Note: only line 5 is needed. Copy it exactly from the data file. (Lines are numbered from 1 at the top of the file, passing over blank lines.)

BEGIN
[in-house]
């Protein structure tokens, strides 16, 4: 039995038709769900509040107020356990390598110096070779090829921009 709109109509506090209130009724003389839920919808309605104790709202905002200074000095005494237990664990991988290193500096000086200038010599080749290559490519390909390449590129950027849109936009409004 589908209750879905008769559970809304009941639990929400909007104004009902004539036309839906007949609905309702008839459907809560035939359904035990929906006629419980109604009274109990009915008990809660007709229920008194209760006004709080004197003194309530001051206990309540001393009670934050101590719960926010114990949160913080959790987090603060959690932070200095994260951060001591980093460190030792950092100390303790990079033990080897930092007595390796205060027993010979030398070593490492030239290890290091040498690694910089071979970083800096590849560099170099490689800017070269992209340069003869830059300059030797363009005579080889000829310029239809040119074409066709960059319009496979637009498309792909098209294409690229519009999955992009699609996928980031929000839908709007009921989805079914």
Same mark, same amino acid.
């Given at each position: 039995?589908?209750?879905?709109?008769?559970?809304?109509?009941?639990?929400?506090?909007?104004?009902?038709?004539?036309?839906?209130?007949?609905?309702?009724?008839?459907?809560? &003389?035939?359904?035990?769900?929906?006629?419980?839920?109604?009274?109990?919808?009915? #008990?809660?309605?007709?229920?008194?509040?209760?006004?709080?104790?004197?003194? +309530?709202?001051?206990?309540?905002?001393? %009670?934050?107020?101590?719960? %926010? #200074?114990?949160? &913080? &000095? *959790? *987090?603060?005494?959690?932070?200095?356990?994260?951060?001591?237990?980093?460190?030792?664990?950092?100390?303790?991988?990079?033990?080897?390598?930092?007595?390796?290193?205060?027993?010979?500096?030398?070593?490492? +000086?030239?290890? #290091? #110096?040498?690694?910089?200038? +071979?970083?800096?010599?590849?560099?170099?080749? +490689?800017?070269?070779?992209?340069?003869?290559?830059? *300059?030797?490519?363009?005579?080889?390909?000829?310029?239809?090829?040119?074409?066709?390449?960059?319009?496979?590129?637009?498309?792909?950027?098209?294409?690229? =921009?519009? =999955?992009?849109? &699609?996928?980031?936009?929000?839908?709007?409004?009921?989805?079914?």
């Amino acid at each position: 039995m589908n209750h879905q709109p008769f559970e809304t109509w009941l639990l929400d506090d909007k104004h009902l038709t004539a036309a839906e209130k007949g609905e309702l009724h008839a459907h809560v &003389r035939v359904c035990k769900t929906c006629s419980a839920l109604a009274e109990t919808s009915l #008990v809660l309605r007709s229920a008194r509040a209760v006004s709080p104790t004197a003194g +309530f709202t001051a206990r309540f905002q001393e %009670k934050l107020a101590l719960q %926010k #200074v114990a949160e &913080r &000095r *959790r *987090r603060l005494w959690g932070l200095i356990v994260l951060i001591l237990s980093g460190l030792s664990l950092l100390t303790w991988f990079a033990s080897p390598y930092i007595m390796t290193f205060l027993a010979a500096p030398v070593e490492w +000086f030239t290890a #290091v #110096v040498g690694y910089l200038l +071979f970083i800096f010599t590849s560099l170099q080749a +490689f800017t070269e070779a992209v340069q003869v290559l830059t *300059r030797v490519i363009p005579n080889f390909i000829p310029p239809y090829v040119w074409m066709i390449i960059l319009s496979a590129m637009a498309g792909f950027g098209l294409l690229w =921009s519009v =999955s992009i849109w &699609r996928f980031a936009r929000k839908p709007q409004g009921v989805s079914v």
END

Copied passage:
């Amino acid at each position: 039995m589908n209750h879905q709109p008769f559970e809304t109509w009941l639990l929400d506090d909007k104004h009902l038709t004539a036309a839906e209130k007949g609905e309702l009724h008839a459907h809560v &003389r035939v359904c035990k769900t929906c006629s419980a839920l109604a009274e109990t919808s009915l #008990v809660l309605r007709s229920a008194r509040a209760v006004s709080p104790t004197a003194g +309530f709202t001051a206990r309540f905002q001393e %009670k934050l107020a101590l719960q %926010k #200074v114990a949160e &913080r &000095r *959790r *987090r603060l005494w959690g932070l200095i356990v994260l951060i001591l237990s980093g460190l030792s664990l950092l100390t303790w991988f990079a033990s080897p390598y930092i007595m390796t290193f205060l027993a010979a500096p030398v070593e490492w +000086f030239t290890a #290091v #110096v040498g690694y910089l200038l +071979f970083i800096f010599t590849s560099l170099q080749a +490689f800017t070269e070779a992209v340069q003869v290559l830059t *300059r030797v490519i363009p005579n080889f390909i000829p310029p239809y090829v040119w074409m066709i390449i960059l319009s496979a590129m637009a498309g792909f950027g098209l294409l690229w =921009s519009v =999955s992009i849109w &699609r996928f980031a936009r929000k839908p709007q409004g009921v989805s079914v």